This is the card’s third appearance on the worst cards list.

It offers no rewards or low introductory interest rates and a regular APR as high as 20.99%, one of the highest rates among student cards. Compare that with the Journey Student Rewards Card from Capital One, which offers 1.25% cash back across all purchases, and the BankAmericard for Students, which offers 0% on new purchases for the first 15 months; neither charges an annual fee.


Worst rewards credit card

Worst Rewards Card: Visa Black Card

This card, appearing for the fourth time on the worst credit cards list, is not to be confused with American Express’ Centurion Card. It “is just a grossly overpriced attempt to capitalize on the social cache of the ‘black card’ name,” CardHub said.

It offers a $495 annual fee in exchange for 1 point per $1 spent, airport lounge access and a 25,000-point initial bonus. Although seemingly decent terms, CardHub said, other cards available offer more lucrative rewards bonuses, higher ongoing rewards earning rates and airport lounge access for several hundred dollars less each year.

Car salesman

Worst Card for Big-Ticket Purchases: Toyota Credit Card

This is Toyota Credit Card’s initial appearance on the worst cards list.

It offers a 3.99% introductory interest rate on new purchases for six months and a 12.99% to 22.99% regular APR. CardHub said using this card would mean sacrificing a lot of value relative to other cards on the market that offer 0% on new purchases for 15 to 18 months.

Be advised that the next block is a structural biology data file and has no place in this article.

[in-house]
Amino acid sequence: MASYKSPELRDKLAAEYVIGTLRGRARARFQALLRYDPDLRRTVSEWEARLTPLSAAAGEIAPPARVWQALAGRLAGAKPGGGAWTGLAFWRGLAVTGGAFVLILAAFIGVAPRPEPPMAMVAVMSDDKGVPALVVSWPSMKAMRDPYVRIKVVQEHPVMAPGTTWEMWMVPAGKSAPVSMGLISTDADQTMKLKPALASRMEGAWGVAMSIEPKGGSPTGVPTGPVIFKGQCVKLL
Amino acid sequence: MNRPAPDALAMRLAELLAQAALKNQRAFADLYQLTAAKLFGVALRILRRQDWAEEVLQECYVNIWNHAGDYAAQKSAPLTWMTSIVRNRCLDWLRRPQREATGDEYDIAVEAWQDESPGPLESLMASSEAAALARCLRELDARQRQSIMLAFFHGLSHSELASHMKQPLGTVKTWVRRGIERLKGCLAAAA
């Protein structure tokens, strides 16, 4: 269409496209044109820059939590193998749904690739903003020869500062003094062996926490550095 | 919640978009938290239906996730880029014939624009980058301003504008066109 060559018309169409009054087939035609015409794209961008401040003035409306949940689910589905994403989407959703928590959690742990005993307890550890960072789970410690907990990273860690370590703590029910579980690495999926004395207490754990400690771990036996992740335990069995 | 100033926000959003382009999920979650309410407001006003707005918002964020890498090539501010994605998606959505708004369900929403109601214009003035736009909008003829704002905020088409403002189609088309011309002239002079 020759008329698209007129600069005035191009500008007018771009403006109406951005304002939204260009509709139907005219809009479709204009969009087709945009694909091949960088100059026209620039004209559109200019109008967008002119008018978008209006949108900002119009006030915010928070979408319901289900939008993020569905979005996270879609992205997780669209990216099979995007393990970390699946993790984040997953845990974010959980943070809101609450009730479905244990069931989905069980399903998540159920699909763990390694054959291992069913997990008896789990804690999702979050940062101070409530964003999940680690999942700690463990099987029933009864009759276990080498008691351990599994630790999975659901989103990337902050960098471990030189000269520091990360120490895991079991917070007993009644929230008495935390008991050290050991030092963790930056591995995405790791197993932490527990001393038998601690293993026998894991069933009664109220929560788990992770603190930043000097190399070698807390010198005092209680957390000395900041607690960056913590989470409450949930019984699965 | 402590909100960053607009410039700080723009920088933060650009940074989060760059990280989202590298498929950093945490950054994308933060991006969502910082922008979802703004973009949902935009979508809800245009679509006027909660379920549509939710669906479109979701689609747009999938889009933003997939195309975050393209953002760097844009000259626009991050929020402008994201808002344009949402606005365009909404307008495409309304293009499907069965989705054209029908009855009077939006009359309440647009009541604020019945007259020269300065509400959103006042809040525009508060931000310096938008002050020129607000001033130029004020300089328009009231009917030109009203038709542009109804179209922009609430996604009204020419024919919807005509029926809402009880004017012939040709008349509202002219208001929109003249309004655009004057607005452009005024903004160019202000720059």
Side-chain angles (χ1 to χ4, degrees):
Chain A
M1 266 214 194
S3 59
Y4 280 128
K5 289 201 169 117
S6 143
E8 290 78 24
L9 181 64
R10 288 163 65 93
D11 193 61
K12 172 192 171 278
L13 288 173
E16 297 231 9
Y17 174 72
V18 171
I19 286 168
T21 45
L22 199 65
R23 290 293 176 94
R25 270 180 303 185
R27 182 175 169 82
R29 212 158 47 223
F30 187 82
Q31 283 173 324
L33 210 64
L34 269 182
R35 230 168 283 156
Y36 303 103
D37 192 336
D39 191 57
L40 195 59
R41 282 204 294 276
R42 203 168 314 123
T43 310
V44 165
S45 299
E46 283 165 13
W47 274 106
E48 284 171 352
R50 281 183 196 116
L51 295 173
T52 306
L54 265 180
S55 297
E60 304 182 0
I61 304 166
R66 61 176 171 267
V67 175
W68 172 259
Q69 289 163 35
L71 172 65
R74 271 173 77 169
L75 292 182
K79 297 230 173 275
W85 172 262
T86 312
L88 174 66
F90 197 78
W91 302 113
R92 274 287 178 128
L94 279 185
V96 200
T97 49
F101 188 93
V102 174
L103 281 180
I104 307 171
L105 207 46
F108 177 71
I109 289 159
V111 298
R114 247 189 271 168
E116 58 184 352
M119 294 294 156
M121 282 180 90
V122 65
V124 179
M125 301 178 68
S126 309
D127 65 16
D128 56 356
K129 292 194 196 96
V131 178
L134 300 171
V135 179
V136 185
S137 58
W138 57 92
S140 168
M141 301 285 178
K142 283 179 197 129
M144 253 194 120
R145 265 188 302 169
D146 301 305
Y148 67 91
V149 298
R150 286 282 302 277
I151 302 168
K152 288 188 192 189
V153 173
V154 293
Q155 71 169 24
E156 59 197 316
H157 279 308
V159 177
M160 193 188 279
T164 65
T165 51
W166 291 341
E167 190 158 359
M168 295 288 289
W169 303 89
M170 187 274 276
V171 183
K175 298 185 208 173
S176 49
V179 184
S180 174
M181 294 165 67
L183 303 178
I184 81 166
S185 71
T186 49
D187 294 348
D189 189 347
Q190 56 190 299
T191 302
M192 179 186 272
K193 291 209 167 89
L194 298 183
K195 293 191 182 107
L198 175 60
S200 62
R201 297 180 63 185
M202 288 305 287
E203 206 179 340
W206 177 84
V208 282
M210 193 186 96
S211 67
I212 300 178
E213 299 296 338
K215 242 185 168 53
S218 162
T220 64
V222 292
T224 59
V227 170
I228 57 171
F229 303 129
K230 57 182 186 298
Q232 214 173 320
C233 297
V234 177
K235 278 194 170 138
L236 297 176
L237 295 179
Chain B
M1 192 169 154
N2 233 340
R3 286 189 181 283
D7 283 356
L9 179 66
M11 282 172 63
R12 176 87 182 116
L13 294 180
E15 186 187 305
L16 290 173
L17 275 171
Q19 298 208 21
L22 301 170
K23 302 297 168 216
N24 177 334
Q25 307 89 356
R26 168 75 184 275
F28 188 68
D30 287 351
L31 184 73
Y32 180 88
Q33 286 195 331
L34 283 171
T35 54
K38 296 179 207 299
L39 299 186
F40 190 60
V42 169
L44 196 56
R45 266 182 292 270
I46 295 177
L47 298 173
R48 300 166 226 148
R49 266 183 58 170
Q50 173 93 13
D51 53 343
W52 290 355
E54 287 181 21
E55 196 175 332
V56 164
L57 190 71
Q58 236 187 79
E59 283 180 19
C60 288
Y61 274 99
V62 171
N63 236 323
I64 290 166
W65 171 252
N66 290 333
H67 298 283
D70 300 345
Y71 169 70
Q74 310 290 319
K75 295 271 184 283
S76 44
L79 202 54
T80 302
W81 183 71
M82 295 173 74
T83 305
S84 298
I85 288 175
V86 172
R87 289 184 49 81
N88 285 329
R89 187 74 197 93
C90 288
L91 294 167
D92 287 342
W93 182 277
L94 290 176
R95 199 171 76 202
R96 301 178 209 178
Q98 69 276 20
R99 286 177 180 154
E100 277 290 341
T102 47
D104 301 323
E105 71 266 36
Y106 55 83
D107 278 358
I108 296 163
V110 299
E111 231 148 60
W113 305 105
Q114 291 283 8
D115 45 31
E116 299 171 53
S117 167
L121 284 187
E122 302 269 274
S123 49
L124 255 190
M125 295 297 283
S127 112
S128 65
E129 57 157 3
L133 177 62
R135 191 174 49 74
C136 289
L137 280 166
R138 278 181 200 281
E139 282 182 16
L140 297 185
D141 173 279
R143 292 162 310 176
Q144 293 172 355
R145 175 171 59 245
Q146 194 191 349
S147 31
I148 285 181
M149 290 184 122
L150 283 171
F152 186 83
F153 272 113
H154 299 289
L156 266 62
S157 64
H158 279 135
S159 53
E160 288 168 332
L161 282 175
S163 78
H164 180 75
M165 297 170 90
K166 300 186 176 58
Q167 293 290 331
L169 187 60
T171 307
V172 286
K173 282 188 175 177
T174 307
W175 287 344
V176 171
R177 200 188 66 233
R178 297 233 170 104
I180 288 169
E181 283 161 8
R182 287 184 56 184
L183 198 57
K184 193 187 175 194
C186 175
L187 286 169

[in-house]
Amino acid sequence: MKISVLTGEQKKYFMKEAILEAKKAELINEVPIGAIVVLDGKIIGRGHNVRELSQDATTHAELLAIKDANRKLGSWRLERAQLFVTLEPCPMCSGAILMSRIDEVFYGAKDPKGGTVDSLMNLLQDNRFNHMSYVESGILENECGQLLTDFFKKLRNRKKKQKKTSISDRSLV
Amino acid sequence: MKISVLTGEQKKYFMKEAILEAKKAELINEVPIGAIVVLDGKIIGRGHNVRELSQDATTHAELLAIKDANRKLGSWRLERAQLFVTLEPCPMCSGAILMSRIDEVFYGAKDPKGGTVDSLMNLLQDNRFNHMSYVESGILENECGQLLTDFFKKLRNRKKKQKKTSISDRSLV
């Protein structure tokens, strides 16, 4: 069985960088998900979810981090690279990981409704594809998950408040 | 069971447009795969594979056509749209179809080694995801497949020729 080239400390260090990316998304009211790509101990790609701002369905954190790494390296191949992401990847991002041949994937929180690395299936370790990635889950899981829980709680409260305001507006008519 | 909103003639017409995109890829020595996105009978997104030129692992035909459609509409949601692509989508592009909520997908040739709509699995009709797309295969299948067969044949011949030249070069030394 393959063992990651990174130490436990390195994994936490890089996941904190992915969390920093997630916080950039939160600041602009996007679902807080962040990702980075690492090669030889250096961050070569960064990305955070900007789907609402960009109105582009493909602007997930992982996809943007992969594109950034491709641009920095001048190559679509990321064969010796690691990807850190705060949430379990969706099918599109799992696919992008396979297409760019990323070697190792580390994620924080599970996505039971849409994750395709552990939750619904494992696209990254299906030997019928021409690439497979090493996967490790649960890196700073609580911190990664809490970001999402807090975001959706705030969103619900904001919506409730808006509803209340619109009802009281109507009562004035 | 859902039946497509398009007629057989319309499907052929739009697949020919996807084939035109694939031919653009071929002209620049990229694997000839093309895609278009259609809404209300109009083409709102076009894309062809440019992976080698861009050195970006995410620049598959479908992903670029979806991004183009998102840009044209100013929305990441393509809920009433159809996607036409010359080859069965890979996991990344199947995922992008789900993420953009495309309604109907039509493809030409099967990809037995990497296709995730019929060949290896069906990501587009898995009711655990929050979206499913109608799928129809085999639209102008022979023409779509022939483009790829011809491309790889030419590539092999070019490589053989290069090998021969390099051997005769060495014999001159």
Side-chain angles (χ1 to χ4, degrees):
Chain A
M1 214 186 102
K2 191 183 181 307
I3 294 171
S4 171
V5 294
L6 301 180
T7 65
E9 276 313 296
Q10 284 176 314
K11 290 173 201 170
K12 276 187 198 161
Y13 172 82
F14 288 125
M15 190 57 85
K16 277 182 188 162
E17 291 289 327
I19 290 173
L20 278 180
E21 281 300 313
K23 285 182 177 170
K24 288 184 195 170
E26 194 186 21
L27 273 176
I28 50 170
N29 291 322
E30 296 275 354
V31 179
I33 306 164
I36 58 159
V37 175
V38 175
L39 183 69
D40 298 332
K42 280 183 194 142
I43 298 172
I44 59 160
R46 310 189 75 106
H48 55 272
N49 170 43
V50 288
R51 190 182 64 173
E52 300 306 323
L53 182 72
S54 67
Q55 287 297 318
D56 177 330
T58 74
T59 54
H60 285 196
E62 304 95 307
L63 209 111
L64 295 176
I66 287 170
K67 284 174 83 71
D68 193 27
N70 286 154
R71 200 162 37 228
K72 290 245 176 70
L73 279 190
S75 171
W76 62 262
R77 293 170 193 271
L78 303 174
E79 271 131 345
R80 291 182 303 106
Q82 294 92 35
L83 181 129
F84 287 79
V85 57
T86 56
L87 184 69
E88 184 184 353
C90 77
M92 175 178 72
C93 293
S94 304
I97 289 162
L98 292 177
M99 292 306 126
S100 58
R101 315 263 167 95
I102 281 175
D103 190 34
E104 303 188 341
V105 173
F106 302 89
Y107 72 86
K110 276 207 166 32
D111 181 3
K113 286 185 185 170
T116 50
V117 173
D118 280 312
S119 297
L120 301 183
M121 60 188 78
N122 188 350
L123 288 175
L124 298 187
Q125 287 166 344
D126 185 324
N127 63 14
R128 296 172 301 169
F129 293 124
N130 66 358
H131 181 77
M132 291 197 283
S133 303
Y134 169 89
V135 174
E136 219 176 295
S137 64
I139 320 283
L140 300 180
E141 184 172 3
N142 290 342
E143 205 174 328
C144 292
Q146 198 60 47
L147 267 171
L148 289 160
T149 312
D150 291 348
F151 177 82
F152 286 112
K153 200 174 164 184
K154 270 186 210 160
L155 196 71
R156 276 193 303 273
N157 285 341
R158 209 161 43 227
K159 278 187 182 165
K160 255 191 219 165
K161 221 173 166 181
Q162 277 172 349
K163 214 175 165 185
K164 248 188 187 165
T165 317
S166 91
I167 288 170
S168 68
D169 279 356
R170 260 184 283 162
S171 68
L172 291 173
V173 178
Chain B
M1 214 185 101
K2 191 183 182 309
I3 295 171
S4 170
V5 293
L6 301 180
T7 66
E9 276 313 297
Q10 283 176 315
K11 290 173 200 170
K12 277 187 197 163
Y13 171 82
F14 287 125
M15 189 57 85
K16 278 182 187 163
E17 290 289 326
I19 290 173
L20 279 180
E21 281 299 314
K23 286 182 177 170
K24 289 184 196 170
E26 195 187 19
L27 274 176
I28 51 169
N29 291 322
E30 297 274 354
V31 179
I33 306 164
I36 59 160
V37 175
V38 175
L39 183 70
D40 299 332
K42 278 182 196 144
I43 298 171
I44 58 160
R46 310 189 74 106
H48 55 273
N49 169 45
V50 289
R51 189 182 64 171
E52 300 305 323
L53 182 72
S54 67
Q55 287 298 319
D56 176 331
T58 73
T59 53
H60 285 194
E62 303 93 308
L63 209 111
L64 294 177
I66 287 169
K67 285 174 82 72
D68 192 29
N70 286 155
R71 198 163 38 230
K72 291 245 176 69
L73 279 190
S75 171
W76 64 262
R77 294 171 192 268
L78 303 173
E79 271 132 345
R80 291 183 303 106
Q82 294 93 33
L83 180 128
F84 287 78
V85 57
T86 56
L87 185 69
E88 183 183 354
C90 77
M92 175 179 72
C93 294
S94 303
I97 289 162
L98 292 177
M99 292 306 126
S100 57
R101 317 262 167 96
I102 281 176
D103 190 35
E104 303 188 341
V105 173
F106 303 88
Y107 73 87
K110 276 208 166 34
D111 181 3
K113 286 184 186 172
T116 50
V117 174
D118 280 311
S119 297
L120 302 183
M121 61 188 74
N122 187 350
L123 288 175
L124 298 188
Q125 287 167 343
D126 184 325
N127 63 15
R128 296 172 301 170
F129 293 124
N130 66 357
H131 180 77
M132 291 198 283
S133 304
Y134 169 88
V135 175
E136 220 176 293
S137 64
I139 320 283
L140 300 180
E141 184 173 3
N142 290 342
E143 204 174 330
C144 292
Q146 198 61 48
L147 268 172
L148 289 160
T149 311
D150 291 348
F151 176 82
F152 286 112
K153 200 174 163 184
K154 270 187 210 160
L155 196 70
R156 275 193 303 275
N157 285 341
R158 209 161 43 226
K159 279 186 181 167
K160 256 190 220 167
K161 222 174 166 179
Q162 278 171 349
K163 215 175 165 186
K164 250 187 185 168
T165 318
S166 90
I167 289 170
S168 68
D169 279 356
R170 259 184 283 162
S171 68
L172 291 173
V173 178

Any card with an introductory interest rate might at first seem attractive, but the disparity that exists on the market among specific intro rates, intro terms and regular rates means that consumer costs can vary widely, according to CardHub. It compared some 400 credit cards with introductory rates to see how much each would cost a consumer trying to pay off a $1,000 purchase over two years. The Toyota Card was the most expensive offer in this category.

Worst balance transfer card

Worst Balance Transfer Card: UBS Preferred Visa Signature Credit Card

This is the card’s third appearance on the worst credit cards list.

It offers a 9.99% introductory balance transfer APR for six months, a 3% balance transfer fee and a $495 annual fee. By comparison, the Slate Card from Chase offers 0% on transferred balances for 15 months, and charges neither a balance transfer fee nor an annual fee. Worst card for rebuilding bad credit

Worst Card for Rebuilding Bad Credit: First Premier Bank Gold Credit Card

Appearing for the fourth time on the worst cards list, this card demands a $95 processing fee prior to account opening, a $75 annual fee during the first year, $120 in annualized membership fees in each subsequent year, a 25% fee for any credit limit increase and a 36% interest rate. The Harley-Davidson Secured Credit Card, by comparison, can be free to use and earns the cardholder rewards.

CardHub noted that it had recently been sued by First Premier, but said the litigation, which continues, had not influenced the editors’ decision to include this card in the list.